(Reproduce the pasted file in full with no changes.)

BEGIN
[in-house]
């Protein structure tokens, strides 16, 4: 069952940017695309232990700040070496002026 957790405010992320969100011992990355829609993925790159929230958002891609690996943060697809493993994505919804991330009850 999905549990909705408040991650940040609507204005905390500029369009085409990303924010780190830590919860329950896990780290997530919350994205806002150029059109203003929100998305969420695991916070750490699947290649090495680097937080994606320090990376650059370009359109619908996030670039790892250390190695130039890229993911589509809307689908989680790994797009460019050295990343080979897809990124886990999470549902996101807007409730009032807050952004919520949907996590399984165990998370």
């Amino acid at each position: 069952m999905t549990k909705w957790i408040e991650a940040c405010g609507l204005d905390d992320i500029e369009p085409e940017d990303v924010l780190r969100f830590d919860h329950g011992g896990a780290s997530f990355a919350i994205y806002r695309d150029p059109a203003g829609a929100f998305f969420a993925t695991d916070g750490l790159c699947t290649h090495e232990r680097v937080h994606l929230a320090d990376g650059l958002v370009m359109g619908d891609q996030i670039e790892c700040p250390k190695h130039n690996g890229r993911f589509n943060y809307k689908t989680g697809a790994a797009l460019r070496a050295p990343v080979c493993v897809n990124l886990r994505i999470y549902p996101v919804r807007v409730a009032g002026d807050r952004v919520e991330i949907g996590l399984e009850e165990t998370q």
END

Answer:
[in-house]
């Protein structure tokens, strides 16, 4: 069952940017695309232990700040070496002026 957790405010992320969100011992990355829609993925790159929230958002891609690996943060697809493993994505919804991330009850 999905549990909705408040991650940040609507204005905390500029369009085409990303924010780190830590919860329950896990780290997530919350994205806002150029059109203003929100998305969420695991916070750490699947290649090495680097937080994606320090990376650059370009359109619908996030670039790892250390190695130039890229993911589509809307689908989680790994797009460019050295990343080979897809990124886990999470549902996101807007409730009032807050952004919520949907996590399984165990998370």
């Amino acid at each position: 069952m999905t549990k909705w957790i408040e991650a940040c405010g609507l204005d905390d992320i500029e369009p085409e940017d990303v924010l780190r969100f830590d919860h329950g011992g896990a780290s997530f990355a919350i994205y806002r695309d150029p059109a203003g829609a929100f998305f969420a993925t695991d916070g750490l790159c699947t290649h090495e232990r680097v937080h994606l929230a320090d990376g650059l958002v370009m359109g619908d891609q996030i670039e790892c700040p250390k190695h130039n690996g890229r993911f589509n943060y809307k689908t989680g697809a790994a797009l460019r070496a050295p990343v080979c493993v897809n990124l886990r994505i999470y549902p996101v919804r807007v409730a009032g002026d807050r952004v919520e991330i949907g996590l399984e009850e165990t998370q």